The High Court clarification on media reporting of Dáil comments by Independent TD Catherine Murphy about businessman Denis O'Brien's financial affairs has been welcomed by Minister for Public Expenditure Brendan Howlin.
Mr Howlin, speaking on his way into Government Buildings on Wednesday, said he had anticipated the clarification issued by the High Court on Tuesday surrounding the terms of an injunction.
“I greatly welcome it…It really is important that the constitutional position that allows members of both Houses of the Oireachtas to raise matters without fear or favour and for those to be reported faithfully in the public media, is one of the bulwarks of our democracy.
“I am very glad that it has been absolutely safeguarded. I didn’t doubt it, but it’s good that it’s now formally done.”
Meanwhile, Mr O'Brien wrote to Ceann Comhairle Sean Barrett on Tuesday complaining about Ms Murphy's speech about his banking arrangements with the Irish Bank Resolution Company (IBRC), formerly Anglo Irish Bank.
Mr O’Brien has invoked the Dáil’s Standing Order 59, which entitles a person named in the chamber to make a submission in writing to Mr Barrett.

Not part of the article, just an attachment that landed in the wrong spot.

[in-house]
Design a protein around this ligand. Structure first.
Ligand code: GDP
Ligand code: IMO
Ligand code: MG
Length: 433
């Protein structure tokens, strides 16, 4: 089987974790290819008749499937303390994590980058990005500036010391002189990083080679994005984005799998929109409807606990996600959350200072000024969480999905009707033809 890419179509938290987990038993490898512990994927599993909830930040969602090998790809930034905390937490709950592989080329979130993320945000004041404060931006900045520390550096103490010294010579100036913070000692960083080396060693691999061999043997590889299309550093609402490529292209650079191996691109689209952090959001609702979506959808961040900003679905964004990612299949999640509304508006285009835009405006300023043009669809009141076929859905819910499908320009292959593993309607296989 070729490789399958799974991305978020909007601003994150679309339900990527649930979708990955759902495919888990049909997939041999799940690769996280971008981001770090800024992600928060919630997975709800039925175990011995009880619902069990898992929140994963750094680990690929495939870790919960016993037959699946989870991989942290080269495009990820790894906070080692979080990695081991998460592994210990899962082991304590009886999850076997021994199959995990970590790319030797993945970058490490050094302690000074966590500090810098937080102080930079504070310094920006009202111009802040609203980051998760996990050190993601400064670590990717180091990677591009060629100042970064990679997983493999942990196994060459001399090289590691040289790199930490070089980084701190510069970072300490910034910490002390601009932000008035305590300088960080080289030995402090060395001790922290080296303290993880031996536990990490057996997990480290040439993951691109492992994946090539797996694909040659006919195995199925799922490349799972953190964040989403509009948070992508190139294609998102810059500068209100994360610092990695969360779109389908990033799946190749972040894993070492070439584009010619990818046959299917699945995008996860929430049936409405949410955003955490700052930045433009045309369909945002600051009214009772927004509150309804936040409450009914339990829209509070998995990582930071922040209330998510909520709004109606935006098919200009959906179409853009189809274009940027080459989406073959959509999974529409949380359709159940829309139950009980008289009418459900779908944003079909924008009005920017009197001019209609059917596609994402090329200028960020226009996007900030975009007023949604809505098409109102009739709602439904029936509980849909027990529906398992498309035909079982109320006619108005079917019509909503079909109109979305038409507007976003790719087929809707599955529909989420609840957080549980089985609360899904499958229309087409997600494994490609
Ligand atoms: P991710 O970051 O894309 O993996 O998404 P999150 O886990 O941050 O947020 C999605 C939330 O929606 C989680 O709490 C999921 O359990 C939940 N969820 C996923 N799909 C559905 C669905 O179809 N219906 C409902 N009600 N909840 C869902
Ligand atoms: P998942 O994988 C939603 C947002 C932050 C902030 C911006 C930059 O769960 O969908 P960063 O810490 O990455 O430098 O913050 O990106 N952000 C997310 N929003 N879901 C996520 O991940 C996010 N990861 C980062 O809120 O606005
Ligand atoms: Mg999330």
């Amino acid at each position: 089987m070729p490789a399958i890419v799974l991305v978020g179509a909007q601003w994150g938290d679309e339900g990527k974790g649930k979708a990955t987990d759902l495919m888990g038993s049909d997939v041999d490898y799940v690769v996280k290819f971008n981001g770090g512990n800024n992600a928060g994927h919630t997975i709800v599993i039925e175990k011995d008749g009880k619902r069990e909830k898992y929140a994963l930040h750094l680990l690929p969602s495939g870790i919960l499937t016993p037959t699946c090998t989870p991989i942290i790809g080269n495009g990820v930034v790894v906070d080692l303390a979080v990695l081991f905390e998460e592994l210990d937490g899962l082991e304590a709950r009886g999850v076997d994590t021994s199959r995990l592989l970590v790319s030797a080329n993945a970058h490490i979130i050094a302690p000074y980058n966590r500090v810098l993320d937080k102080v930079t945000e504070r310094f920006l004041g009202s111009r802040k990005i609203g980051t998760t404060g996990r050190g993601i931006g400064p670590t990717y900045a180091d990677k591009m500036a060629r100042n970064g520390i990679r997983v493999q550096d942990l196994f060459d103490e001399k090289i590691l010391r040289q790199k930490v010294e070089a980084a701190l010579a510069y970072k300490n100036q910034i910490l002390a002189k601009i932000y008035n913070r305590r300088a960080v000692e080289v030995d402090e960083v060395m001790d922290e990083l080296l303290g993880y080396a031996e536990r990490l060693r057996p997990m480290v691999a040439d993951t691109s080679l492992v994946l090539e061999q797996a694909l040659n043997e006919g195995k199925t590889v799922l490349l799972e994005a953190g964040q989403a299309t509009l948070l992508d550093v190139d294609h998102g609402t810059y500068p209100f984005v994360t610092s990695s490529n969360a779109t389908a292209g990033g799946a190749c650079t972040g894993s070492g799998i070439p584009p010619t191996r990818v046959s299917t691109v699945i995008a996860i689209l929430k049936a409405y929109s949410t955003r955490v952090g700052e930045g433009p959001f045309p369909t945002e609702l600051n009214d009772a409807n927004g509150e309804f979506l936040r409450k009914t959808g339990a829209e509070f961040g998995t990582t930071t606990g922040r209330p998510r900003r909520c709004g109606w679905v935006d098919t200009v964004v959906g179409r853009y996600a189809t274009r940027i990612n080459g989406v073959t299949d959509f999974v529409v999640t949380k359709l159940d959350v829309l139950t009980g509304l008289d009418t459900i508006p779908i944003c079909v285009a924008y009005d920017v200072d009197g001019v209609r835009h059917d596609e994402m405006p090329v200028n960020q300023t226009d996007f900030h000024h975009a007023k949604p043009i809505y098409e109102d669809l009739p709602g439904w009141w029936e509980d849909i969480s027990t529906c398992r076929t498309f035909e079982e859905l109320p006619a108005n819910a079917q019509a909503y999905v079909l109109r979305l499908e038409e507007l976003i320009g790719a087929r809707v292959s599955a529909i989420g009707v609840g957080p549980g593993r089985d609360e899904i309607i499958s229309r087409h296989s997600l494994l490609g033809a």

The Standing Order deals specifically with privilege and what are described in Oireachtas regulations as “utterances in the nature of being defamatory”.
The matter will be referred to the Committee on Procedures and Privileges (CPP), which has powers to investigate claimed abuse of privilege and recommend sanctions.
Mr Howlin said it would be “no bad thing” for the issue of privilege to be examined by the Oireachtas.
“It is important that the Oireachtas itself would set its own rules to ensure that these things are done properly, that members would know that they’re on safe ground when they’re acting, and citizens would also be protected from the abuse of such rules, which can happen.”
Mr Howlin said the Dáil and Seanad should undertake an examination of the area, adding that any right had to be tempered with responsibility.
“I’ve always been a champion of the Dáil and Seanad and its powers to be the people’s tribune and to hold all institutions of the State to account, and that has to be done in a very transparent way.”
The CPP ruled last December that Sinn Féin deputy leader Mary Lou McDonald had abused privilege by naming alleged tax offenders, but it did not have the power to implement further disciplinary procedures.
The committee has since sought legal advice about how it can impose more effective sanctions if similar instances arise in future.
Referring to the CPP’s ruling on Ms McDonald’s action, Mr Howlin said: “That finding didn’t have teeth”.